301 F2d 211 United States v. Walker
301 F.2d 211
UNITED STATES of America, Plaintiff-Appellee,
Paul Curtis WALKER, Defendant-Appellant.
United States Court of Appeals Sixth Circuit.
April 11, 1962.
Paul Curtis Walker, appellant, in pro. per.
William E. Scent, U.S. Atty., Louisville, Ky., for appellee, William B. Jones, U.S. Atty., Robert D. Simmons, Asst. U.S. Atty., Louisville, Ky., on the brief.
Before CECIL and O'SULLIVAN, Circuit Judges, and BOYD, District Judge.
O'SULLIVAN, Circuit Judge.
Appellant Walker was found guilty by a jury of transporting a stolen motor vehicle in interstate commerce and on September 16, 1960, was sentenced to a term of fve years in the federal penitentiary. No appeal was taken from the conviction and sentence. On December 1, 1960, Walker filed a motion to vacate sentence, pursuant to Title 28 U.S.C.A. 2255, contending that the conviction and sentence were violative of his constitutional and statutory rights because he was legally insane at the time of his trial. He charged that the District Judge should have granted his pre-trial request for a psychiatric examination, pursuant to Title 18 U.S.C.A. 4244. The District Judge denied relief under Section 2255 without a hearing, and this appeal was taken.
At arraignment, Walker's court-appointed counsel, after a brief consultation with Walker, requested orally that a psychiatrist be appointed to examine Walker. He said:
'Judge, he'll waive formal arraignment and plead not guilty on the basis of mental incapacity and have the Court appoint a psychiatrist to--'
At this point, the District Judge interrupted and the colloquy set forth in footnote 1 took place. (The Mr. Cooper and the Mr. Jones, participants in the quoted colloquy, were, respectively, Walker's appointed counsel and the District Attorney.)
After such colloquy, the District Judge continued with the arraignment and, on the afternoon of the same day, proceeded with the trial. No psychiatrist was appointed to examine Walker. We are of the opinion that the District Judge erred in refusing to do so. The issue here presented-- whether Walker was entitled to a psychiatric examination-- is one which can be considered on a motion to vacate sentence made pursuant to Section 2255, Title 28 U.S.C.A. United States v. Thomas, 291 F.2d 478, 480 (C.A. 6, 1961); Krupnick v. United States, 264 F.2d 213 (C.A. 8, 1959), Bishop v. United States, 350 U.S. 961, 76 S.Ct. 440, 100 L.Ed. 835, vacating 96 U.S.App.D.C. 117, 223 F.2d 582 (1955); Sanders v. Allen, 69 App.D.C. 307, 100 F.2d 717 (1938).
In pertinent part, Section 4244, Title 18 U.S.C.A., provides:
'Whenever after arrest and prior to the imposition of sentence * * * the United States Attorney has reasonable cause to believe that a person charged with an offense against the United States may be presently insane or otherwise so mentally incompetent as to be unable to understand the proceedings against him or properly to assist in his own defense, he shall file a motion for a judicial determination of such mental competency of the accused, setting forth the grounds for belief with the trial court in which proceedings are pending. Upon such a motion or upon a similar motion in behalf of the accused, or upon its own motion, the court shall cause the accused, whether or not previously admitted to bail, to be examined as to his mental condition by at least one qualified psychiatrist, who shall report to the court. * * *'
Decisions construing 4244 hold that once a motion is made pursuant to it, unless the motion is frivolous or is not made in good faith, the District Judge must appoint a psychiatrist to examine the accused. Wear v. United States, 94 U.S.App.D.C. 325, 218 F.2d 24 (1954); Krupnick v. United States, 264 F.2d 213 (C.A. 8, 1959). If the motion is frivolous or is not made in good faith, the District Judge is not compelled to make the appointment. See e.g., Shelton v. United States, 205 F.2d 806, 815 (C.A. 5, 1953); Lebron v. United States, 97 U.S.App.D.C. 133, 229 F.2d 16 (1955). That the motion is not in writing is not reason for denying it. Perry v. United States, 90 U.S.App.D.C. 186, 195 F.2d 37 (1952). This last rule is particularly applicable in a situation where counsel is appointed immediately prior to trial, as in the present case.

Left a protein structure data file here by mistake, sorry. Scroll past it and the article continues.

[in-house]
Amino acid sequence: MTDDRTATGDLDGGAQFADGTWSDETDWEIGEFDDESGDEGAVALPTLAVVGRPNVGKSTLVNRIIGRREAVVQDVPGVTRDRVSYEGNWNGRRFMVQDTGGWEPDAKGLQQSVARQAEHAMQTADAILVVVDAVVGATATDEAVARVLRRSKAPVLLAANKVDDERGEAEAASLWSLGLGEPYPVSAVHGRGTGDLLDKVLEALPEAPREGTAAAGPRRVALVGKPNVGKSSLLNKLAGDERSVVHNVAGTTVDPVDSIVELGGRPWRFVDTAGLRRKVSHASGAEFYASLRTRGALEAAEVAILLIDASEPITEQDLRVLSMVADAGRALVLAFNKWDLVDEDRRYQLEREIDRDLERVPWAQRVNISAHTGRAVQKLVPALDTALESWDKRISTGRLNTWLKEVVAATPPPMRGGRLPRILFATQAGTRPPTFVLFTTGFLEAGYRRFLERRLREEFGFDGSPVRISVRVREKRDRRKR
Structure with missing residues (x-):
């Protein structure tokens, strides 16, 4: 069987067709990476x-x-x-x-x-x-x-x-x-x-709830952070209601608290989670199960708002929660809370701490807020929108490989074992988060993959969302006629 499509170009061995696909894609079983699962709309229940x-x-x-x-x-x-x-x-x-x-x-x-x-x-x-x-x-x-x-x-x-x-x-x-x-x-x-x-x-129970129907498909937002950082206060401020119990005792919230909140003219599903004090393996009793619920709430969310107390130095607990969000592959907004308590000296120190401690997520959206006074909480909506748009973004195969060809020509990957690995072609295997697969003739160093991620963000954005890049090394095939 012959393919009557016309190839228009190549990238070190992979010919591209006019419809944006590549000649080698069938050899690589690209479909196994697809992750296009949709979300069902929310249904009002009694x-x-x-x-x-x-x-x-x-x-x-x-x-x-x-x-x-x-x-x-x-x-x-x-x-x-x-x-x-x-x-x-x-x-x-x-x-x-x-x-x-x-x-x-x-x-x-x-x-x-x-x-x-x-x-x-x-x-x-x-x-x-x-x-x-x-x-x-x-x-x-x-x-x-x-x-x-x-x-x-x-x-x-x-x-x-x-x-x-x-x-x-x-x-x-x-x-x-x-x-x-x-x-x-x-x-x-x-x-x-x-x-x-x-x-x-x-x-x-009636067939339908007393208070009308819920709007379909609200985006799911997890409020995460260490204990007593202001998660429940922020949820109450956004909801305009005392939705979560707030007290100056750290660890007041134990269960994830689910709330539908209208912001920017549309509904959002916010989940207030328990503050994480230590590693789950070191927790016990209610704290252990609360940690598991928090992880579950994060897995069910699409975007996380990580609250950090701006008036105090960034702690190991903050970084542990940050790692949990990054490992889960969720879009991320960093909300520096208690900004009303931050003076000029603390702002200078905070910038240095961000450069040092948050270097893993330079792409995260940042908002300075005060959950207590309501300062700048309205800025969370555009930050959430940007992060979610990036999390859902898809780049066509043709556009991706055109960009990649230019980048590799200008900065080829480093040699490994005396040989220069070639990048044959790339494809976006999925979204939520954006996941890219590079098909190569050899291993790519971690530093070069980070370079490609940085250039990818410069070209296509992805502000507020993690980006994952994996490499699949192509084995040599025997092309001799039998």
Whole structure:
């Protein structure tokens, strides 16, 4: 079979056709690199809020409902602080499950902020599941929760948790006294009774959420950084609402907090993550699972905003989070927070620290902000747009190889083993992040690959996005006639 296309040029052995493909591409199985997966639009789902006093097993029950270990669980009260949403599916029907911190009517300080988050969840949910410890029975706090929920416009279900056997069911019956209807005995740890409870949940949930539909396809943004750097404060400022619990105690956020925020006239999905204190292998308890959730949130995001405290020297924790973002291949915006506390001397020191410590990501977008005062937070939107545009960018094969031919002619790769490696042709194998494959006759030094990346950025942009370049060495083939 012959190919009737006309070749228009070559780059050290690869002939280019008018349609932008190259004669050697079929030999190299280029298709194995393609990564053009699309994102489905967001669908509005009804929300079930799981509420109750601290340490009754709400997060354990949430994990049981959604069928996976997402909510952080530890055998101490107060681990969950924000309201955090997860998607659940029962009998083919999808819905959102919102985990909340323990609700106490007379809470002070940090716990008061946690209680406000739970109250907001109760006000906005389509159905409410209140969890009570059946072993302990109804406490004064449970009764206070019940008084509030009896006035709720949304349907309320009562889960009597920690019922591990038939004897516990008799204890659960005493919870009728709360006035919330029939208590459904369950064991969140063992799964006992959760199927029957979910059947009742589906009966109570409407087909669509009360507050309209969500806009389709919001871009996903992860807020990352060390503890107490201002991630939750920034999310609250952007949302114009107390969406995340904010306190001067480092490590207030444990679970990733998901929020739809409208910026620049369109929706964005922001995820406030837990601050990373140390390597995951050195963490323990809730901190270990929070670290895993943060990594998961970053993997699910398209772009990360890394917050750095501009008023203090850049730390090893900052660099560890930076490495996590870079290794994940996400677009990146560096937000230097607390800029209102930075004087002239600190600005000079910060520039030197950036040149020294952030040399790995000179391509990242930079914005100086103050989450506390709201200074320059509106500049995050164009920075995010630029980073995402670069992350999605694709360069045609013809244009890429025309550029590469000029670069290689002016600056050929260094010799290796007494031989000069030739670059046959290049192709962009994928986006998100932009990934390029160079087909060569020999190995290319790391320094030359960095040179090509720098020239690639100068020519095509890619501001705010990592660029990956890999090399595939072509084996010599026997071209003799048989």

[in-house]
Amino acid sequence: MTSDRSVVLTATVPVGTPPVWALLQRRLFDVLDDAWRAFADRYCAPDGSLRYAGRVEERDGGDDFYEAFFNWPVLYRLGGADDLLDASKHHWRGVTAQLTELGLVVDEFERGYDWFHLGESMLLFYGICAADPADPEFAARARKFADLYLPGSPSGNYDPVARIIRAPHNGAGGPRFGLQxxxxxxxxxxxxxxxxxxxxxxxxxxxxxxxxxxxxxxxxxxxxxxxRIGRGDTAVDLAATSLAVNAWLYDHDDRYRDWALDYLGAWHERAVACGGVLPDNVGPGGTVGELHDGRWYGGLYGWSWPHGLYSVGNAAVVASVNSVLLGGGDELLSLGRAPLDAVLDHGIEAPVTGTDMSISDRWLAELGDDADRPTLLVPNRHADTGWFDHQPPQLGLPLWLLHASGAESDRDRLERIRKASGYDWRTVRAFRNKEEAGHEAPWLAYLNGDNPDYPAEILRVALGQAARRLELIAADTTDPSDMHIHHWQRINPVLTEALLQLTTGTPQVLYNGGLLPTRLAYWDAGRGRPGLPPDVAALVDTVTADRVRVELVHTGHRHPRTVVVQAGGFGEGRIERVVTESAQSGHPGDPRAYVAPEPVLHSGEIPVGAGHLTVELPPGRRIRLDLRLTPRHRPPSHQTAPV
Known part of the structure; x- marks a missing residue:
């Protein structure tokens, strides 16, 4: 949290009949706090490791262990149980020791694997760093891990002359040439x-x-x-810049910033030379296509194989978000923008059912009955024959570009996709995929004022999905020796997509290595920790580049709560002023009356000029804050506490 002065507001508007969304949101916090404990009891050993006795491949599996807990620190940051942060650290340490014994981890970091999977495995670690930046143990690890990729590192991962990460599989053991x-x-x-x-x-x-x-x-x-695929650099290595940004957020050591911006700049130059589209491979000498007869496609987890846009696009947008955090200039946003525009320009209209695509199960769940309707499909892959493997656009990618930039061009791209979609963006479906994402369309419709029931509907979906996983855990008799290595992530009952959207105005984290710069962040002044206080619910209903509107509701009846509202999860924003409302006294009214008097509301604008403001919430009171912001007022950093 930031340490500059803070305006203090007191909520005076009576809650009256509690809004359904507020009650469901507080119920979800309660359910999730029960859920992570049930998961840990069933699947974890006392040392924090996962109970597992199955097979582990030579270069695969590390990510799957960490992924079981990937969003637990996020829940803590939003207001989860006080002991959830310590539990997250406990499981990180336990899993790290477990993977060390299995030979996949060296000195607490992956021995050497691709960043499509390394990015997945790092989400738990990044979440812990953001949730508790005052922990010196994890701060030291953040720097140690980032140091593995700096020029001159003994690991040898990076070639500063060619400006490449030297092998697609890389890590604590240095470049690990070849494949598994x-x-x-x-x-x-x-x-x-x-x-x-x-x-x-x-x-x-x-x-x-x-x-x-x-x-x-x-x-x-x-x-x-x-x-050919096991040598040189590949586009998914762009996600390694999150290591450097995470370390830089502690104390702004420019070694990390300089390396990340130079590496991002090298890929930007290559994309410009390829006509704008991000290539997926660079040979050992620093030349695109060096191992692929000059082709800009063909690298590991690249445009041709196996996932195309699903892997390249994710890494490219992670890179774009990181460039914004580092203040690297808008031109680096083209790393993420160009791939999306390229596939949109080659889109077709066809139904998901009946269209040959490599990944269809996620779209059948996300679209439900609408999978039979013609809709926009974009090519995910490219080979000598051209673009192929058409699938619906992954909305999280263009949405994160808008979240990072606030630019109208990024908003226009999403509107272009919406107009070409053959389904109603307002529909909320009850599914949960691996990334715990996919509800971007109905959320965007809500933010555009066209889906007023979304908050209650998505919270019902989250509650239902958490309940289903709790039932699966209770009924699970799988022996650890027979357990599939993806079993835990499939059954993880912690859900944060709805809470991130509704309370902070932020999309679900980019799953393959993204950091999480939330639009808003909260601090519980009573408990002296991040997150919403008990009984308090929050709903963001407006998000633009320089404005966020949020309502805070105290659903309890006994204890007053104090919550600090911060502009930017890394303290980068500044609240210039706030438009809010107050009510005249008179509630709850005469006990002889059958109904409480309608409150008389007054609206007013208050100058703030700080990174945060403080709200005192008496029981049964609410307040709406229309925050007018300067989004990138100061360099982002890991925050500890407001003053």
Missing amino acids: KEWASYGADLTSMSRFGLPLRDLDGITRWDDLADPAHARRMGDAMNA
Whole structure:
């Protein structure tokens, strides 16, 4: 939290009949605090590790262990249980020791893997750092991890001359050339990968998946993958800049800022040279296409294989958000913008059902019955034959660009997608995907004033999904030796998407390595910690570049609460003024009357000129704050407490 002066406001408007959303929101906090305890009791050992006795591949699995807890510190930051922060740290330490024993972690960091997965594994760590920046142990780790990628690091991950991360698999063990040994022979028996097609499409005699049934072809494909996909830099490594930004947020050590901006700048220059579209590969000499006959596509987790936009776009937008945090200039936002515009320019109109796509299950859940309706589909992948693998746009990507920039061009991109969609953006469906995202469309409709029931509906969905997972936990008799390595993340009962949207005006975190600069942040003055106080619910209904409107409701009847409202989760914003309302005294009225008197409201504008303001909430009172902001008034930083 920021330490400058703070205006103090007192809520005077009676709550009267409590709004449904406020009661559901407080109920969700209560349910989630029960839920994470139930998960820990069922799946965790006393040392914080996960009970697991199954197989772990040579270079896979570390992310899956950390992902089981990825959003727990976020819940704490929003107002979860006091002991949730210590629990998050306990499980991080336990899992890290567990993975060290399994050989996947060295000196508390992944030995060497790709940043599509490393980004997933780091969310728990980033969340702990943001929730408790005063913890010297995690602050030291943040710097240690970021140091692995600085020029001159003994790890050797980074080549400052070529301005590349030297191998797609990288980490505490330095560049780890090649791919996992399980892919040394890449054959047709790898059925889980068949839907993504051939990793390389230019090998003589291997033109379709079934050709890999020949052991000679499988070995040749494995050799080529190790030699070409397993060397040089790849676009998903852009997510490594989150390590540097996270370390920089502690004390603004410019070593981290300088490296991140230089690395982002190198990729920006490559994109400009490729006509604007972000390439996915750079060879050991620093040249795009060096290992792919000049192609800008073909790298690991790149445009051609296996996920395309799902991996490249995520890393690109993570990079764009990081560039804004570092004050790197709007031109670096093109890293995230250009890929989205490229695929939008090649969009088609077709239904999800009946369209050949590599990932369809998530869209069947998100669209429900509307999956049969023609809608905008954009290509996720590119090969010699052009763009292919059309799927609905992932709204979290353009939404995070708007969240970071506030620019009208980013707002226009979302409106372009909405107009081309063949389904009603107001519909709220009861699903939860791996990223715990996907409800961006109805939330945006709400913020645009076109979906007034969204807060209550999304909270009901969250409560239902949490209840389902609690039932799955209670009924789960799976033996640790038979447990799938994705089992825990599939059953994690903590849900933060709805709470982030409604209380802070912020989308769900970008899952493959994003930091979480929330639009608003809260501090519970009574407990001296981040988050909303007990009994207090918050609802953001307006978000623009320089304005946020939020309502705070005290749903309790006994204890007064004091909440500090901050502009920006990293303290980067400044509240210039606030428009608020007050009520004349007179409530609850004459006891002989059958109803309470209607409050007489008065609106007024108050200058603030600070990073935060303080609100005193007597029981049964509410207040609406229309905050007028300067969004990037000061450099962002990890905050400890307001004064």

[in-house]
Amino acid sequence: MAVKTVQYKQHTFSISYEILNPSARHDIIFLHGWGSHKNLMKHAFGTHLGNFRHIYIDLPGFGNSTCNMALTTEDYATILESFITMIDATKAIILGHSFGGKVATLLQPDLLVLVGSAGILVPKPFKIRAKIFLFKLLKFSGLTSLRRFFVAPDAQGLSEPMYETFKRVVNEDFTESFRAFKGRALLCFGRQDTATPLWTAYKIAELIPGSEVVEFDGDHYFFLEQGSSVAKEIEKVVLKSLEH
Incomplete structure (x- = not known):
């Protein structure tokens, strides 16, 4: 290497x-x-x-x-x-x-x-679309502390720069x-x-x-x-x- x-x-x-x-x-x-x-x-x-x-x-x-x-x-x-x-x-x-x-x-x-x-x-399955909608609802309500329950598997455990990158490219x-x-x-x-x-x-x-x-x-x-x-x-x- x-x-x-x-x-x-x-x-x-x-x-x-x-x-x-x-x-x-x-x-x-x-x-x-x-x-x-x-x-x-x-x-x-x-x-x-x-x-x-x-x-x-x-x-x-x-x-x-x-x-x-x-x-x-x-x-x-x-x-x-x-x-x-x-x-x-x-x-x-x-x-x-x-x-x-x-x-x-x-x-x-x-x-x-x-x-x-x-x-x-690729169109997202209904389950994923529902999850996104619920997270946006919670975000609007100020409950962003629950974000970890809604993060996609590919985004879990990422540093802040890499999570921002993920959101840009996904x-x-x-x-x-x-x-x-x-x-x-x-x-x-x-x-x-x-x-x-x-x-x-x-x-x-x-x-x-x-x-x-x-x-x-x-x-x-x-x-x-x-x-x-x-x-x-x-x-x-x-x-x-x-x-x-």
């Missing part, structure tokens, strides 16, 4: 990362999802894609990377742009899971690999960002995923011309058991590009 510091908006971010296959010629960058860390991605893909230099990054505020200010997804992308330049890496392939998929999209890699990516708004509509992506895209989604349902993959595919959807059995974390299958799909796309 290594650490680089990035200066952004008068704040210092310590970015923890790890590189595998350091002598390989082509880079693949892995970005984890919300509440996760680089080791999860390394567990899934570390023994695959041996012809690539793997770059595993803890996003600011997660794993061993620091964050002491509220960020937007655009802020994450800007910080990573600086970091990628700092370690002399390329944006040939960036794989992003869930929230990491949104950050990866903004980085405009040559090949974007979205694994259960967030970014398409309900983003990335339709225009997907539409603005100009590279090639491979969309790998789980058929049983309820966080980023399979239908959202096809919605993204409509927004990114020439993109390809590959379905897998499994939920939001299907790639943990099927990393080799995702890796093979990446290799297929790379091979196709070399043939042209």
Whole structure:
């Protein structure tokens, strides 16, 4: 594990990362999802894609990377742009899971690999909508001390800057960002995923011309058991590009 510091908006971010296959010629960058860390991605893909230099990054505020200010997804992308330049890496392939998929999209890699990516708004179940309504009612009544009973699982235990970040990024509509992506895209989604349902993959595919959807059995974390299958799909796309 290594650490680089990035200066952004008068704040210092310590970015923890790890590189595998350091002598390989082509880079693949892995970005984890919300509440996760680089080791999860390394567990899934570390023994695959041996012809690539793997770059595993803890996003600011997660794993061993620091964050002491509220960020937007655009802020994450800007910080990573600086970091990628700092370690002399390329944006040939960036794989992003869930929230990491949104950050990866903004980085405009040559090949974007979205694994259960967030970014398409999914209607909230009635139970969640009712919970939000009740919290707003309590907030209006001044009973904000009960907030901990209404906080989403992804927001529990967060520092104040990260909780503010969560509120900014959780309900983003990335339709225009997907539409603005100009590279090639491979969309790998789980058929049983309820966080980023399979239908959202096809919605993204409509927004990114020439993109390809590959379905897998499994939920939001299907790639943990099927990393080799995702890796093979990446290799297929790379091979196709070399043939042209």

In Perry v. United States, 90 U.S.App.D.C. 186, 195 F.2d 37 (1952), counsel for the accused orally requested the appointment of a psychiatrist in the following language:
'Your Honor, we would like to have a psychiatrist appointed for Perry. My record shows the case was set for the 22nd of June. I had Perry up here. His father wanted to testify as to the boy's mentality. He has been in the asylum. I have the record from the asylum here. I think Your Honor would like to see that.' 195 F.2d at p. 38.
The request was denied. The Court of Appeals reversed, holding that the request was adequate to compel the District Judge to appoint a psychiatrist. We believe the disclosures supporting appellant's request in this case were of equivalent substantiality to those found adequate in Perry.
The oral request by court-appointed counsel in this case, although not couched in the exact language of the statute, when considered in conjunction with the statements made by appellant Walker and the United States Attorney, was sufficient to require the District Judge to follow the mandatory provisions of the statute. If the only support for the request had been Walker's bare assertion that he thought there was something wrong with him, that would have been insufficient to bring into operation the directives of the statute. Lebron v. United States, 97 U.S.App.D.C. 133, 229 F.2d 16 (1955). The disclosure of Walker's recent, and nearly successful, attempt at suicide, while, in our opinion, not necessarily any evidence of insanity, gave notice of possible serious mental disturbance. The District Attorney's advice of Walker's transfer to the Springfield hospital for psychiatric investigation warranted some appraisal of the contents of that hospital's report on Walker's mental condition. Such report was apparently then available to the District Attorney, but he gave only his own brief and conclusional digest of what it contained. We believe that these facts constituted sufficient reason to require the District Judge to conform to the statutory mandate.